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  • New ACL module issues / questions

    Hi, Ive been trying out the new ACL module and have found some issues with it in addition to the ones reported in other threads (the sql does not work on oracle and you have to have an owner defined to get the sql to work even though the documentation states this is optional)

    So after fixing these issues(using a hacked version of BasicLookupStrategy and dummy owner sid) I have been able to control access to objects (voters and filters) with the new acls, however I have run into a few more issues that Im not sure if they are bugs or the module has been designed like that for some reason:

    1) In the ACLImpl.isGranted() method the permission check is done via an exact match on the masks ie

    if ((ace.getPermission().getMask() == permission[i].getMask()) && .....

    surely this should just check the required permission is set in the ace ie something like

    (ace.getPermission().getMask() & permission[i].getMask()) == permission[i].getMask())

    this is what the old acl pacakge did and seems the correct approach ie i want one ACE to specifiy the combination of permissions for a sid , and this should grant a permission if that is set in the ACE mask.

    Currently I have to define a separate ACE for each base permission which seems to defeat the purpose of using a bit mask.

    2) Again in the ACLImpl.isGranted() the logic is stated as being:

    'If the ACE specifies to grant access, the method will return
    true. If the ACE specifies to deny access, the loop will stop and the next permission iteration will be performed'

    This implies that any granting ACE will allow the operation, I would have thought the denys would take precedence? Ie you use denys as a specific block, so if there are any denys the action is not allowed. I think this is more what we need in our application, and obviously we can write our own ACL implementation with different logic, but I'm trying to understand the reasons for this design? Is this based on standard ACL grant / deny practices / what is behind doing it like this?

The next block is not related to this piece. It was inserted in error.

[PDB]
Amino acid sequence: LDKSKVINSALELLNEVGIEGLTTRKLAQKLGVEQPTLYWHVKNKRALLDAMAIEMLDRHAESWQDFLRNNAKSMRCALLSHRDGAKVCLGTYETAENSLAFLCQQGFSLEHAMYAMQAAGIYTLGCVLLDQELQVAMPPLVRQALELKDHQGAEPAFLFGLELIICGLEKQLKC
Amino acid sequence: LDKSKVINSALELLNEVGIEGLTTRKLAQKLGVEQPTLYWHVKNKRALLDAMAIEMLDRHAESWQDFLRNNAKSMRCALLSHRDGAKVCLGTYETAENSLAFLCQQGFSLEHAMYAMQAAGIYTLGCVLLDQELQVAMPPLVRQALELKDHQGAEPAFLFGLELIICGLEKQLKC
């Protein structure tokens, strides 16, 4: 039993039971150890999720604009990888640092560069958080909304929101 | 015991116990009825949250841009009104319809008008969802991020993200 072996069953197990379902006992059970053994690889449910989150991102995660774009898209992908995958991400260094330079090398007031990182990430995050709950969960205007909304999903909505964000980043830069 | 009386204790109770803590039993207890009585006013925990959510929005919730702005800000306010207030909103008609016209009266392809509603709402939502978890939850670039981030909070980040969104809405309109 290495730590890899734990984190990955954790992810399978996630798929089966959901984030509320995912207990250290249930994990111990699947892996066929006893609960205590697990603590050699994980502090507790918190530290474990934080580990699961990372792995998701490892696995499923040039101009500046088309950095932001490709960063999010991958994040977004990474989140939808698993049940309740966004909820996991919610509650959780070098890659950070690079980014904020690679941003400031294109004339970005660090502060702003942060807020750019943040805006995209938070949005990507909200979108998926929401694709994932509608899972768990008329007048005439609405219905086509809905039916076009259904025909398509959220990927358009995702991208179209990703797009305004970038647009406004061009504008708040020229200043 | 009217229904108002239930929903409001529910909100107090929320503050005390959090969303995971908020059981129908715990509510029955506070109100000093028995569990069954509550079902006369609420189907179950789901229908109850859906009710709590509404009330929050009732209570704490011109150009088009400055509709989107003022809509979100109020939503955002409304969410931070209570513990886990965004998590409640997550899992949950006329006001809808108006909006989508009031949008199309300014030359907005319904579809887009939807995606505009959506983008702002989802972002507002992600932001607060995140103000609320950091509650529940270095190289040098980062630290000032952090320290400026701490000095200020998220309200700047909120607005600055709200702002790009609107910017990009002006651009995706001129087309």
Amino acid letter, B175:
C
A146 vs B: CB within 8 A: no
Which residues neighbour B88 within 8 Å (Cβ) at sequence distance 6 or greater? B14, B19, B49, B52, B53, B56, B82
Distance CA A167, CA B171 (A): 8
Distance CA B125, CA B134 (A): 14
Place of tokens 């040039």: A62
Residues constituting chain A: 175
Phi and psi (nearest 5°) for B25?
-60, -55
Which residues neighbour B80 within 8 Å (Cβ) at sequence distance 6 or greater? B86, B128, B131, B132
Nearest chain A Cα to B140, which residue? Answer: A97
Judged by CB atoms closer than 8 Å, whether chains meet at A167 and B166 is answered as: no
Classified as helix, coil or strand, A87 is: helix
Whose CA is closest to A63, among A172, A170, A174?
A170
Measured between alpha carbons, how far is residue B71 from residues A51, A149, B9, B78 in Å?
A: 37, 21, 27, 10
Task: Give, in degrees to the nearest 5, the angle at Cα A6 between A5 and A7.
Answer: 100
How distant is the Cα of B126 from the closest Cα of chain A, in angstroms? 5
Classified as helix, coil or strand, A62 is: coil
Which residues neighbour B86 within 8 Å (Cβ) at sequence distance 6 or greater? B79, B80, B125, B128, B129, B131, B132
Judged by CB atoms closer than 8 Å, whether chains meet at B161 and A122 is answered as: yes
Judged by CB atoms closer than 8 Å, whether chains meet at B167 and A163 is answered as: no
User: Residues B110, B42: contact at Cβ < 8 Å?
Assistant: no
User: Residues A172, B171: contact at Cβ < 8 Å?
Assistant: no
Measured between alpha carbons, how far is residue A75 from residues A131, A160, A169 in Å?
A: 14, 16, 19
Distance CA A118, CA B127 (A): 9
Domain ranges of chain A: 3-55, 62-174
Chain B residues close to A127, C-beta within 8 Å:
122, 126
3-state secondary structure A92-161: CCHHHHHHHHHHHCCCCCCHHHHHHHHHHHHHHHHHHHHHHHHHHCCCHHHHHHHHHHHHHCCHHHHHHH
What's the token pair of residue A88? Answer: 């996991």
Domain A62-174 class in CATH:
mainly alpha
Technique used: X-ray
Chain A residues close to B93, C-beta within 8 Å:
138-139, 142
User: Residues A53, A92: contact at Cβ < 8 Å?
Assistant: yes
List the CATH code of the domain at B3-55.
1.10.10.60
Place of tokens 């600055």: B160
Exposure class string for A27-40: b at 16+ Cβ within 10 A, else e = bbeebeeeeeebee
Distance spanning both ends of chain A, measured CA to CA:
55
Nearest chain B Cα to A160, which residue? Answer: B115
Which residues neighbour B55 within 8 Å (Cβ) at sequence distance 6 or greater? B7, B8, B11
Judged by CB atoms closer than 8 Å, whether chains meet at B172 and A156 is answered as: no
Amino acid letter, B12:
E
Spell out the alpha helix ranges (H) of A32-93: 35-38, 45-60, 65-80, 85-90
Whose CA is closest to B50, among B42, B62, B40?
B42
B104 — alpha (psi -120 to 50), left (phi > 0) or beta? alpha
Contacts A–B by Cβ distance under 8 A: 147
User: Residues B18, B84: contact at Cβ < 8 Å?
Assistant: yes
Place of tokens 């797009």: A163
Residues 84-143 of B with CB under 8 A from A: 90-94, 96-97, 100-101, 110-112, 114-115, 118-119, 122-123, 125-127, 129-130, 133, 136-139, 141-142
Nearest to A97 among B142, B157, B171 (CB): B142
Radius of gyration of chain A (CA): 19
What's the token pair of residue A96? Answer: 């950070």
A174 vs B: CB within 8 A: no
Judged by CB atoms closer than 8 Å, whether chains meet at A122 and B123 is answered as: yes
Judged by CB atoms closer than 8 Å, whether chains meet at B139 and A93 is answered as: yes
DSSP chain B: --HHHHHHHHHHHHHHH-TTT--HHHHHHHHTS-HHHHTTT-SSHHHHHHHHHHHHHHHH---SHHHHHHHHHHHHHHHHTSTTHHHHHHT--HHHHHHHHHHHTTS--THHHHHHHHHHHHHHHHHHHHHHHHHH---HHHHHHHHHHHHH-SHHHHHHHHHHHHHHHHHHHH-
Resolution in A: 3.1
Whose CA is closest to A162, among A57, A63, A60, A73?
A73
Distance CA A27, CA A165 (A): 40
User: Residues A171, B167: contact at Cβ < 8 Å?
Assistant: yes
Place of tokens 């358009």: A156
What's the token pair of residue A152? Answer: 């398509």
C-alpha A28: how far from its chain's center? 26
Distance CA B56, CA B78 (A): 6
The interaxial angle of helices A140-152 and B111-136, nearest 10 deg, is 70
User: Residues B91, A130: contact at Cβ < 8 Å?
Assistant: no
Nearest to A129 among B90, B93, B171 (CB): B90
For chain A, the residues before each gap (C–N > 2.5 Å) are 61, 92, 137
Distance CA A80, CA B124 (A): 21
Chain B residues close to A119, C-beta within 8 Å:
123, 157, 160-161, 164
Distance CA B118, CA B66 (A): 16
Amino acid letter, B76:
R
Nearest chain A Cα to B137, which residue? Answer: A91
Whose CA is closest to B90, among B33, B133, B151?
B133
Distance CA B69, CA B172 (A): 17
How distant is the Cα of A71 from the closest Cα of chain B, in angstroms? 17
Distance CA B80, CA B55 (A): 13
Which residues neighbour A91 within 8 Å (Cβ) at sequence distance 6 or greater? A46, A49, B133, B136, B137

Thanks for any help on this

    Dave

  • #2
    I've just started working with the new ACL package, and am wondering if you ever figured out the answers to your questions? I'm half tempted to write my own "isGranted" implementation, but before I do, I want to know what the reasoning is behind the current implementation.

    Comment


    • #3
      No, haven't got any answers yet - as it stands we would have to write our own implementation of this as well.

      I've raised an issue on the JIRA about this and a few other things (SEC-479).

      Comment


      • #4
        I've done some further work on this and realise that in the current implementation any grant will allow access, and any deny will deny that permission (eg write) but then check any other permissions (eg adminsistrate - which may be allowed. This way of checking the permissions is not a big issue (we may only use one anyway).

        The main issue is that for each permission the current implementation just uses the first match it finds. I cant see how this would work in most cases.

        We need to implement an order of precedence in an acl, ie permissions override each other in this order

        user(principal) denies
        user(principal) grants
        group(granted authority) denies
        group(granted authority) grants
        then check parent.

        Examples:

        1) A user is two groups - one with read access granted and another with read access denied. Read access should be denied.

        2) A user is in a group that has read access granted, however that user has read access denied. Read access should be denied.

        3) A user is in a group that has read access denied, however that user has read access granted. Read access should be granted.

        These seem like sensible rules (comments if not!) but there seems no way to implement them without writing our own AclImpl that checks all sids (so sid order is less important?) as the the last sid could deny something that was granted. Additionally the aclimpl needs to be able to apply the principalsid has more weight than grantedauthoritysid logic.

        I think the supplied AclImpl either needs to be able to support this sort of logic, or be more extensible, currently we are having to copy the whole class and alter it instead of just overriding methods. eg could the ace list be accessible in subclasses?

        Comment


        • #5
          Use Old ACL Package?

          This thread brings up a question that I really should answer right away:

          I am beginning work today on a user story that requires the ability for some domain objects to be publicly readable and for other to be only readable by their owner.

          Should I use the new or old ACL package?

          A.

          Comment

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